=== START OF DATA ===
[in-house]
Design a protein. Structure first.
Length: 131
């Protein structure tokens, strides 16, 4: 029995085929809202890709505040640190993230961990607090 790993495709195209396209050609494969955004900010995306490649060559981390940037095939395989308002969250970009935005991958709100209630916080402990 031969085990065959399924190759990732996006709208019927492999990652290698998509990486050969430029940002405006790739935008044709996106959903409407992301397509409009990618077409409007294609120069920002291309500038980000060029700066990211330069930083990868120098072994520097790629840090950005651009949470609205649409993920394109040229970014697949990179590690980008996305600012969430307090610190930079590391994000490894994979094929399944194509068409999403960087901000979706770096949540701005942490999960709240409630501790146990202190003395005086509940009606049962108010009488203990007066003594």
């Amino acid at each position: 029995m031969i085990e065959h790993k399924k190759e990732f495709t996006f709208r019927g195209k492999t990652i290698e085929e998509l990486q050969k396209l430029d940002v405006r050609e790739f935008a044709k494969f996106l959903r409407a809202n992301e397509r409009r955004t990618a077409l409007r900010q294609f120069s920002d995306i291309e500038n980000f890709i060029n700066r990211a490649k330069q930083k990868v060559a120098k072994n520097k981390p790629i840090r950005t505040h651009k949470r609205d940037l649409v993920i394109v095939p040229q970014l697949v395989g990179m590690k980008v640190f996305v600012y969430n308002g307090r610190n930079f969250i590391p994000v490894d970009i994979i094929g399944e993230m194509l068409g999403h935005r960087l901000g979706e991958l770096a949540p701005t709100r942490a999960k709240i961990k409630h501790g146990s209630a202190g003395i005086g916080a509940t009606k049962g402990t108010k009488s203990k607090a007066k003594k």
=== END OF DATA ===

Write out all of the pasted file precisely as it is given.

[in-house]
Design a protein. Structure first.
Length: 131
């Protein structure tokens, strides 16, 4: 029995085929809202890709505040640190993230961990607090 790993495709195209396209050609494969955004900010995306490649060559981390940037095939395989308002969250970009935005991958709100209630916080402990 031969085990065959399924190759990732996006709208019927492999990652290698998509990486050969430029940002405006790739935008044709996106959903409407992301397509409009990618077409409007294609120069920002291309500038980000060029700066990211330069930083990868120098072994520097790629840090950005651009949470609205649409993920394109040229970014697949990179590690980008996305600012969430307090610190930079590391994000490894994979094929399944194509068409999403960087901000979706770096949540701005942490999960709240409630501790146990202190003395005086509940009606049962108010009488203990007066003594």
């Amino acid at each position: 029995m031969i085990e065959h790993k399924k190759e990732f495709t996006f709208r019927g195209k492999t990652i290698e085929e998509l990486q050969k396209l430029d940002v405006r050609e790739f935008a044709k494969f996106l959903r409407a809202n992301e397509r409009r955004t990618a077409l409007r900010q294609f120069s920002d995306i291309e500038n980000f890709i060029n700066r990211a490649k330069q930083k990868v060559a120098k072994n520097k981390p790629i840090r950005t505040h651009k949470r609205d940037l649409v993920i394109v095939p040229q970014l697949v395989g990179m590690k980008v640190f996305v600012y969430n308002g307090r610190n930079f969250i590391p994000v490894d970009i994979i094929g399944e993230m194509l068409g999403h935005r960087l901000g979706e991958l770096a949540p701005t709100r942490a999960k709240i961990k409630h501790g146990s209630a202190g003395i005086g916080a509940t009606k049962g402990t108010k009488s203990k607090a007066k003594k």